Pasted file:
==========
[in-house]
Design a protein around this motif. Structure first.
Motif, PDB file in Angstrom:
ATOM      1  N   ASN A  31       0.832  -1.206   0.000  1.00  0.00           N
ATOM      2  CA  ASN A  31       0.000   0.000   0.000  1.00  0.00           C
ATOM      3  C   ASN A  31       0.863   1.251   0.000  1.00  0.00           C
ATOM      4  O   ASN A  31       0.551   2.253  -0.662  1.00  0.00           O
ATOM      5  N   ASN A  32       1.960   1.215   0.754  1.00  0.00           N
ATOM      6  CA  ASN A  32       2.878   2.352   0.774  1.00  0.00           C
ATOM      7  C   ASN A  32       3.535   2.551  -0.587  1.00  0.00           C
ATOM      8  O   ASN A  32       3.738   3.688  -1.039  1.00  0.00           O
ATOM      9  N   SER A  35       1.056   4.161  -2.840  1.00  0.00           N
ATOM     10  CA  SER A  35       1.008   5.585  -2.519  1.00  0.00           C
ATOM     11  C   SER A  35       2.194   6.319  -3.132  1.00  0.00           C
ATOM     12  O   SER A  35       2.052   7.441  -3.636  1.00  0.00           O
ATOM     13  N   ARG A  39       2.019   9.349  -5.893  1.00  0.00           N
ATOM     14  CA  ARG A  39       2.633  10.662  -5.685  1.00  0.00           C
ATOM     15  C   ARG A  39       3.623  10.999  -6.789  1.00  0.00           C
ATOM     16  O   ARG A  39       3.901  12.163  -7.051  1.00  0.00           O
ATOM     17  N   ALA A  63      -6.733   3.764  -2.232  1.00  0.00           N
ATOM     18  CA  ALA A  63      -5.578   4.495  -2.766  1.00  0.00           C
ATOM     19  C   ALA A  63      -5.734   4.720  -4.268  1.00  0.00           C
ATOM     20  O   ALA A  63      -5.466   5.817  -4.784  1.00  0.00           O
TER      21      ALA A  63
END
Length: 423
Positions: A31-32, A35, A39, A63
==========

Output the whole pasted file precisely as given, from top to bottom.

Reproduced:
[in-house]
Design a protein around this motif. Structure first.
Motif, PDB file in Angstrom:
ATOM      1  N   ASN A  31       0.832  -1.206   0.000  1.00  0.00           N
ATOM      2  CA  ASN A  31       0.000   0.000   0.000  1.00  0.00           C
ATOM      3  C   ASN A  31       0.863   1.251   0.000  1.00  0.00           C
ATOM      4  O   ASN A  31       0.551   2.253  -0.662  1.00  0.00           O
ATOM      5  N   ASN A  32       1.960   1.215   0.754  1.00  0.00           N
ATOM      6  CA  ASN A  32       2.878   2.352   0.774  1.00  0.00           C
ATOM      7  C   ASN A  32       3.535   2.551  -0.587  1.00  0.00           C
ATOM      8  O   ASN A  32       3.738   3.688  -1.039  1.00  0.00           O
ATOM      9  N   SER A  35       1.056   4.161  -2.840  1.00  0.00           N
ATOM     10  CA  SER A  35       1.008   5.585  -2.519  1.00  0.00           C
ATOM     11  C   SER A  35       2.194   6.319  -3.132  1.00  0.00           C
ATOM     12  O   SER A  35       2.052   7.441  -3.636  1.00  0.00           O
ATOM     13  N   ARG A  39       2.019   9.349  -5.893  1.00  0.00           N
ATOM     14  CA  ARG A  39       2.633  10.662  -5.685  1.00  0.00           C
ATOM     15  C   ARG A  39       3.623  10.999  -6.789  1.00  0.00           C
ATOM     16  O   ARG A  39       3.901  12.163  -7.051  1.00  0.00           O
ATOM     17  N   ALA A  63      -6.733   3.764  -2.232  1.00  0.00           N
ATOM     18  CA  ALA A  63      -5.578   4.495  -2.766  1.00  0.00           C
ATOM     19  C   ALA A  63      -5.734   4.720  -4.268  1.00  0.00           C
ATOM     20  O   ALA A  63      -5.466   5.817  -4.784  1.00  0.00           O
TER      21      ALA A  63
END
Length: 423
Positions: A31-32, A35, A39, A63